Supply Chain Leaders Become Societal Leaders
As supply chain leaders, you have the power and potential to make a difference in your organizations.
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Each day, leaders use skills to ensure company efficiency and goal achievement, make educated decisions that help drive the business forward, and inspire colleagues and direct reports to sharpen their skills and perform at their best.
But, like supply chains themselves, these positive influences don’t have to stop at your building’s four walls. More and more, executives are expanding their leadership roles beyond their companies and into society.
Last week, The New York Times highlighted some of the leadership work of Apple CEO Tim Cook, who happens to have a background in supply chain. In late August, Cook went on a mini tour of the United States to focus on manufacturing, jobs and education.
He stopped in Ohio to visit Cincinnati Test Systems, the technology company that makes the equipment Apple uses to test the water and dust protection for the iPhone and Apple Watch, flew to Iowa to announce a $1.3 billion data center that will store information for FaceTime and iCloud, and then ended up in Austin to announce a new community college program designed by Apple to teach students how to write code for iPhone apps.
Article author Andrew Ross Sorkin points out that these themes generally are covered by politicians, but business executives, including Cook, now are stepping up to lead.
“[Cook] said he had never set out to do so, but he feels he has been thrust into the role as virtually every large American company has had to stake out a domestic policy.”
Cook admits that many people probably perceive that his loyalties lie with Wall Street, but he’s actually dedicated to more noble purposes. The article continued:
“I think we have a moral responsibility to help grow the economy, to help grow jobs, to contribute to this country and to contribute to the other countries that we do business in.”
In the environmental arena, for example, Cook has worked to convert all of Apple’s U.S. corporate facilities as well as sites in 23 other countries to using wind and solar power exclusively. Similarly, the new data center in Iowa will fully run on renewable energy.
In terms of jobs, the new data center will create 1,700 short-term construction jobs and about 50 long-term employment opportunities. Apple leaders also agreed to donate as much as $100 million to local infrastructure, including building a youth sports complex, to invest in the Iowa community.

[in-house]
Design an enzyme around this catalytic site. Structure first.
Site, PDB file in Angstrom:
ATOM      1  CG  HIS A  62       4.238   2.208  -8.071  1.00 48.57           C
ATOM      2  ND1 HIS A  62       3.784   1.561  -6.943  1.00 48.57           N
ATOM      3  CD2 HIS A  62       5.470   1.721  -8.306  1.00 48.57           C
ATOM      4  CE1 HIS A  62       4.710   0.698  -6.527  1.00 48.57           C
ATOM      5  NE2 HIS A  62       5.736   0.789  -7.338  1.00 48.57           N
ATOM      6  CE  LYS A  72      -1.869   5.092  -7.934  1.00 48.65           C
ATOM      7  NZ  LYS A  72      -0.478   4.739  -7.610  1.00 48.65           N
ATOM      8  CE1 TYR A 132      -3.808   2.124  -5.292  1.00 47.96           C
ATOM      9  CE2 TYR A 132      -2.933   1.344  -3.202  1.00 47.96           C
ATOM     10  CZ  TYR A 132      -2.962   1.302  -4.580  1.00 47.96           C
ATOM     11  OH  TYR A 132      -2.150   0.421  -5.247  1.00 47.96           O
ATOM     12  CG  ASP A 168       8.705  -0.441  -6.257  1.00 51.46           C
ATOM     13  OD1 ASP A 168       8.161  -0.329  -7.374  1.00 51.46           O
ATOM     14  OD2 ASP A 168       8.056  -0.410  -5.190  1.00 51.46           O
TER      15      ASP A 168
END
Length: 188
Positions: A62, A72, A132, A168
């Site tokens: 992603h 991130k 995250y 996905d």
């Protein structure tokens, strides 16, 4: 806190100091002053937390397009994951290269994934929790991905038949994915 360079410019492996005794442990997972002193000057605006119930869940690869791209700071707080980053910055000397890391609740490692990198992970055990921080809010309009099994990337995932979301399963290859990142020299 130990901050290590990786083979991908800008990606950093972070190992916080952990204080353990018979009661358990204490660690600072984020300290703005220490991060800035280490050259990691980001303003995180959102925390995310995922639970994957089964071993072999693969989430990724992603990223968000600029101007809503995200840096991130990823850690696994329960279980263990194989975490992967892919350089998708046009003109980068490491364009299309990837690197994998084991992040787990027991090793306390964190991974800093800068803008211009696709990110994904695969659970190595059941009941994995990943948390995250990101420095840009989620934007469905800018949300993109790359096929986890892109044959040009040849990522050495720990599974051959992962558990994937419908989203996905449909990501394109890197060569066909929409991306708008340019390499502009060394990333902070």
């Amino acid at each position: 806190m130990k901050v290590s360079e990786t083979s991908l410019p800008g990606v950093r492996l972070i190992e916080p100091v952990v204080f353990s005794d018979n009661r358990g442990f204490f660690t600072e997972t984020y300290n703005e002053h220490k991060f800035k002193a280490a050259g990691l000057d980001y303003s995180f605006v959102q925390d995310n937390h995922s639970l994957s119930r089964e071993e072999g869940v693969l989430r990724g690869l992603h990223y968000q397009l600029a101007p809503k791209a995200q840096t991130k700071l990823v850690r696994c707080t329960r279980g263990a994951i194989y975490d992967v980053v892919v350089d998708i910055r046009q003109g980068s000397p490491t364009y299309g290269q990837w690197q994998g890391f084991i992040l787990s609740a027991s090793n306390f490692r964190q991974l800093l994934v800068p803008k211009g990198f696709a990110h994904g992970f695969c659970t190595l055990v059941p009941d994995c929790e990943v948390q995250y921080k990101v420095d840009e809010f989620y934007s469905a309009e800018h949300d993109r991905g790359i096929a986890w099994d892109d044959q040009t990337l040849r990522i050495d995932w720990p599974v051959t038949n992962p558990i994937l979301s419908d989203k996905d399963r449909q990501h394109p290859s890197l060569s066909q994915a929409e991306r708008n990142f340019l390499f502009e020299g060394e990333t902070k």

However, Cook feels that Apple can do more to create jobs and inspire young workers through education. The Apple-designed app programming curriculum mentioned above already has been rolled out at community colleges in Alabama, Ohio and Pennsylvania, in addition to the plans to add the curriculum to Austin Community College.
This curriculum will enable a wider range of young professionals to enter the growing tech job market and code apps based on the Swift programming language. Last year, Apple created 150,000 new jobs through App Store opportunities and paid $5 billion to app makers.
A leader’s responsibility
Although many of these initiatives have business benefits, they also are opportunities to help the greater global community. Consider the definition of corporate social responsibility from the APICS Operations Management Body of Knowledge Framework:
“Corporate social responsibility means using fair and beneficial business practices regarding labor and the community or region where a firm conducts its business. It is about providing a safe work environment, giving back to a community by contributing health care and education, and avoiding the exploitation of labor and resources of an area.”
Apple and Cook’s initiatives touch on many of these areas and show that business is about more than the financial bottom line.
APICS 2017 keynote speaker John Mackey also promotes corporate social responsibility as cofounder and CEO of Whole Foods Market — and even takes the concept a step further with his philosophies of conscious capitalism and conscious leadership. For Mackey, conscious capitalism is a way of thinking about business that shows awareness of a company’s higher purpose, beyond making money.
In terms of leaders, Mackey told APICS magazine that conscious leaders are keenly self-aware and recognize their own deepest motivations and convictions. Mackey stated in the APICS interview “Encouraging Wholesome Leadership and Business Practices.”
“Conscious leaders are important because they make a positive difference, embed a shared purpose, help people grow and evolve, and make tough moral choices,”
Mackey will help APICS 2017 attendees learn how to become conscious leaders, enabling them to use their companies’ influences to shape a better global future.